As for ethanol poisoning, gastric decontamination is not indicated in methanol poisoning chiefly because it is absorbed so quickly from the stomach. If a significant ingestion of methanol is likely, empiric treatment with the intravenous alcohol dehydrogenase inhibitor fomepizole is recommended11,12 even if laboratory tests are unavailable. Fomepizole binds hepatic alcohol dehydrogenase and prevents the metabolism of methanol to the toxic metabolite formic acid. Other indications for fomepizole therapy include serum methanol levels >20 mg/dL or acidemia (pH < 7.20). A fomepizole loading dose of 15 mg/kg should be administered, followed by doses 10 mg/kg every 12 hours for four doses until methanol levels are less than 20 mg/dL. Fomepizole is the only FDA-approved antidote for methanol poisoning.13 A recent investigation demonstrated that oral administration of fomepizole produced similar blood levels as an identical intravenous dose.14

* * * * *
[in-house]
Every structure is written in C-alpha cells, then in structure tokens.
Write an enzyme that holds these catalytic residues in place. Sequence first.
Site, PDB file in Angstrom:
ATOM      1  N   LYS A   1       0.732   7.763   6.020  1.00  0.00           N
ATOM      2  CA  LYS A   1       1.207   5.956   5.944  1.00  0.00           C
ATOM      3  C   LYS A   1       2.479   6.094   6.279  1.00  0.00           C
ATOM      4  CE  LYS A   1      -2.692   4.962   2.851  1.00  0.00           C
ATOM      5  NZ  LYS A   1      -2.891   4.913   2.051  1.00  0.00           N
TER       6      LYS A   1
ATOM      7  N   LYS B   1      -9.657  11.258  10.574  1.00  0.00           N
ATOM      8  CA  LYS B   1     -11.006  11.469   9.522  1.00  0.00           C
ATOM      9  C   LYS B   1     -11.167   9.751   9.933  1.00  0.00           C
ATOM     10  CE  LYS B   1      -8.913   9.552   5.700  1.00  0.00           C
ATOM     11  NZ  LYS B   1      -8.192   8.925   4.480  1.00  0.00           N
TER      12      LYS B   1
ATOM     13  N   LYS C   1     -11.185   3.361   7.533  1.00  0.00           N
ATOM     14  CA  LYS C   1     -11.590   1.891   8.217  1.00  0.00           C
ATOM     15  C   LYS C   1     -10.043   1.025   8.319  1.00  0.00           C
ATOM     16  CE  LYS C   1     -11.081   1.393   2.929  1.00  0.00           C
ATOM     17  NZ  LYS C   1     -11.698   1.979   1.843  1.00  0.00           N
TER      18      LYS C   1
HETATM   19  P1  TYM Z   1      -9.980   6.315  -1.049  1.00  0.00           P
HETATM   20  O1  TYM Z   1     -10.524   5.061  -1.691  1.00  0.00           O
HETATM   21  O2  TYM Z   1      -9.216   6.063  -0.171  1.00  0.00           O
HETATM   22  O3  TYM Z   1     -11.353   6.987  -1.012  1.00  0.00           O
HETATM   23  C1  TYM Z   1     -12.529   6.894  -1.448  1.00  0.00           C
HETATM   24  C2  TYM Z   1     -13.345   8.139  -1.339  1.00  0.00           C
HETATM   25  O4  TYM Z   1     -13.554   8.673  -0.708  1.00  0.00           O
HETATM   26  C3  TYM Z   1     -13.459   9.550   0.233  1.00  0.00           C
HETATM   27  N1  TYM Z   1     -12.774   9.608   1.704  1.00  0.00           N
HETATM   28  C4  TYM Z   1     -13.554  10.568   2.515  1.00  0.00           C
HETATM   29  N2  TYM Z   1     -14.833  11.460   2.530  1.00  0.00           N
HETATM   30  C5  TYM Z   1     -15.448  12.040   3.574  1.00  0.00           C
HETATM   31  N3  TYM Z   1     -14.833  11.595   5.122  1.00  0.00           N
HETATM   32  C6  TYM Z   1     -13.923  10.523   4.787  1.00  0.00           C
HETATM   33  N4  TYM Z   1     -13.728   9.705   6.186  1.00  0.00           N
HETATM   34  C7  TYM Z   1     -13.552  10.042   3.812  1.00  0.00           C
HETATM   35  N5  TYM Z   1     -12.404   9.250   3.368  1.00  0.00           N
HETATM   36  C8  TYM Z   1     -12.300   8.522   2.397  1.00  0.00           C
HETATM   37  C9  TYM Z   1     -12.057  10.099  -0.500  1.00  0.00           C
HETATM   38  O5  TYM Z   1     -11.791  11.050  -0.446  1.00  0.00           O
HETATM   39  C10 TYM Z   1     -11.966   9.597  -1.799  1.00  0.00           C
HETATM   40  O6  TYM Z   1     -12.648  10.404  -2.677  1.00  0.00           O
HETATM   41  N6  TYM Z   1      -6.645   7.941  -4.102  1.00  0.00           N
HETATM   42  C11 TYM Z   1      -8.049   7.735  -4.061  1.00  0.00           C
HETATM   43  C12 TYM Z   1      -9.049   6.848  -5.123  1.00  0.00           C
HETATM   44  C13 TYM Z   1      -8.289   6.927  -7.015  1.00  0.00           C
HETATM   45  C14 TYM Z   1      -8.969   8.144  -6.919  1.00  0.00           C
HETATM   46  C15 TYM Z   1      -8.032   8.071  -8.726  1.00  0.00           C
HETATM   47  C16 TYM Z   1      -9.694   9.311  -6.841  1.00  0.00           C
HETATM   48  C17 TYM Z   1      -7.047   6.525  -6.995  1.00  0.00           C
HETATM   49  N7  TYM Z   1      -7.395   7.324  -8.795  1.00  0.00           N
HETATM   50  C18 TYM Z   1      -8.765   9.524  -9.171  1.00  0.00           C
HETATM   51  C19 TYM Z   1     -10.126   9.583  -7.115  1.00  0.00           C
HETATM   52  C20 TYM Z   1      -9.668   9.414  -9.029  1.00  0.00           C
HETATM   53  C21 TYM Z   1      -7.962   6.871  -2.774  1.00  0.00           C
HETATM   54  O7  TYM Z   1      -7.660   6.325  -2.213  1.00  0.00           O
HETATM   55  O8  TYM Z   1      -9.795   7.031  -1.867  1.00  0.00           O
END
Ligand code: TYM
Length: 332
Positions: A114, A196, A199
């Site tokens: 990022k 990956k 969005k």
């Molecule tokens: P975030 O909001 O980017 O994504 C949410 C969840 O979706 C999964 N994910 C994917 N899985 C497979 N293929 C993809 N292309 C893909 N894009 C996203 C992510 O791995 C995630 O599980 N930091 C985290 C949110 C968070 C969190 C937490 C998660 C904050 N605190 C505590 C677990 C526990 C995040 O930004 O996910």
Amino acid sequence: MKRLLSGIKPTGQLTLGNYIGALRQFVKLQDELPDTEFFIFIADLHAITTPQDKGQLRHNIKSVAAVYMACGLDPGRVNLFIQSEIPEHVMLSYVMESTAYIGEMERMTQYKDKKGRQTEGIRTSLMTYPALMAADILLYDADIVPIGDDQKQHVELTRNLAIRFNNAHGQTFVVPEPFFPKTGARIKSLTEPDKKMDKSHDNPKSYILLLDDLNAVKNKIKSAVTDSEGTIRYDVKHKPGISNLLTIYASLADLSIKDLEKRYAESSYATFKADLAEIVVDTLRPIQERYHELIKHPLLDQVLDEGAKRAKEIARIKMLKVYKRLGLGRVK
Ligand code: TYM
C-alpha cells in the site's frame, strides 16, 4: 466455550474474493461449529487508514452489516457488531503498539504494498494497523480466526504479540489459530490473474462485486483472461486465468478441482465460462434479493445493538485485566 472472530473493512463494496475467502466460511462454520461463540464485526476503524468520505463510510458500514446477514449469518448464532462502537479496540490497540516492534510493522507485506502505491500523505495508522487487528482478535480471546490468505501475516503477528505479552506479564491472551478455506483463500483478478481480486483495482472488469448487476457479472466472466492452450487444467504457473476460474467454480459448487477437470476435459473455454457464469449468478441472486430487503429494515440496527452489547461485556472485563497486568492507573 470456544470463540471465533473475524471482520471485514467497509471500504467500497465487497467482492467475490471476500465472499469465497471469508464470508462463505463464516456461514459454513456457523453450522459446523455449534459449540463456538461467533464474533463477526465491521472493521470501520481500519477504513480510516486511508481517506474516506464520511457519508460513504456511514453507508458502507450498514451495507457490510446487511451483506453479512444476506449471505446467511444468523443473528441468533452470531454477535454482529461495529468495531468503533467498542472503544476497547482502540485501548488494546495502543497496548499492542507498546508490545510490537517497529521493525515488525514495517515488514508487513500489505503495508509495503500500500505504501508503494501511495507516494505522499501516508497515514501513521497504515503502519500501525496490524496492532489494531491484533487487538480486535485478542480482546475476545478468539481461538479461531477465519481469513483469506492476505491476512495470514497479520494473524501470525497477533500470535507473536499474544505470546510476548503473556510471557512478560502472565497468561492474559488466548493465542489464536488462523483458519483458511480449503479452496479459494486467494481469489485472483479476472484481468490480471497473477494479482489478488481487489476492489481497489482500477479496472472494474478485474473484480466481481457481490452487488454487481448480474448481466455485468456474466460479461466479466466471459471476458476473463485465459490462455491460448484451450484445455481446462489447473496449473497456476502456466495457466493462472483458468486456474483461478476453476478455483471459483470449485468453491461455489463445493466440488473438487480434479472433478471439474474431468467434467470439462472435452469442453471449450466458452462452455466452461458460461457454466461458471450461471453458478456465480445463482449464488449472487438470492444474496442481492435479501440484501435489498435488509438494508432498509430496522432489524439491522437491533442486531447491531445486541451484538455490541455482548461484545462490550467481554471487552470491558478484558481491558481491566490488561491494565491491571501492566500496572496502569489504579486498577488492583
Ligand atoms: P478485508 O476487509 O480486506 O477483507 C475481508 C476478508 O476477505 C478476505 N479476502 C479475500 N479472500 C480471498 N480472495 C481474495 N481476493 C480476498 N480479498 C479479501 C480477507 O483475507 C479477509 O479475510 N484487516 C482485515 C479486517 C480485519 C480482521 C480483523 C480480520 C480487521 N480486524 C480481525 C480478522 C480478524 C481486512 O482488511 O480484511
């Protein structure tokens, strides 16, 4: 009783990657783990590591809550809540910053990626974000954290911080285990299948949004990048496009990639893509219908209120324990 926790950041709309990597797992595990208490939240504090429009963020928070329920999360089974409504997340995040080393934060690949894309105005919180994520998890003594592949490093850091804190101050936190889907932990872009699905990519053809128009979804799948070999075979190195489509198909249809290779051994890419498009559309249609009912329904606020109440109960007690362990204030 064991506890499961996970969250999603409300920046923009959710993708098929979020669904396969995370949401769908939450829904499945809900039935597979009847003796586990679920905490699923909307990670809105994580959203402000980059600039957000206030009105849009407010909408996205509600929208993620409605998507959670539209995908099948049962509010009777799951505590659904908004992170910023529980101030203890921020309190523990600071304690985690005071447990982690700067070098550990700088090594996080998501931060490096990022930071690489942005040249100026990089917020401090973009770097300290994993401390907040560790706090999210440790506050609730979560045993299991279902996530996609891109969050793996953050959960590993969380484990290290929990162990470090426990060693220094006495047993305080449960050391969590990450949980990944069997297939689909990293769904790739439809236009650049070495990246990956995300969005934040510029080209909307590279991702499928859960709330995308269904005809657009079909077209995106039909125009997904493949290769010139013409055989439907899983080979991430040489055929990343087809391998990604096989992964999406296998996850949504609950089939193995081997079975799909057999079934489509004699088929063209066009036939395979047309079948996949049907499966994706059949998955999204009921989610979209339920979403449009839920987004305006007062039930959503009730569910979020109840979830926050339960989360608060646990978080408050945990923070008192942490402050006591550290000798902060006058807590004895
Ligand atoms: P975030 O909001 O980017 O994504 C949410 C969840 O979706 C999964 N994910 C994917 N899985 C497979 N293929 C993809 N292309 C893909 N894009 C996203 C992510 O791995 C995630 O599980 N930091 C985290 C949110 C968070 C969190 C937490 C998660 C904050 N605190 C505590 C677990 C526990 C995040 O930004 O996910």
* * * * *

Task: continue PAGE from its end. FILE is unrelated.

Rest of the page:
If fomepizole is unavailable, ethanol may be administered to block alcohol dehydrogenase.15 To inhibit toxic metabolite formation, ethanol levels are maintained between 100 and 120 mg/dL. An intravenous solution of 10% ethanol in D5 W is optimal, with a loading dose of 0.6 g/kg. A simplified approximation of the loading dose is 1 mL/kg of 10% diluted absolute ethanol. Close monitoring of the ethanol level every 1–2 hours is necessary in order to adjust the maintenance infusion rate for each individual patient. If IV ethanol preparations are unavailable, oral ethanol therapy can be instituted. Since hypoglycemia is a complication of toxic ethanol levels in young children, serum glucose concentrations must be closely monitored.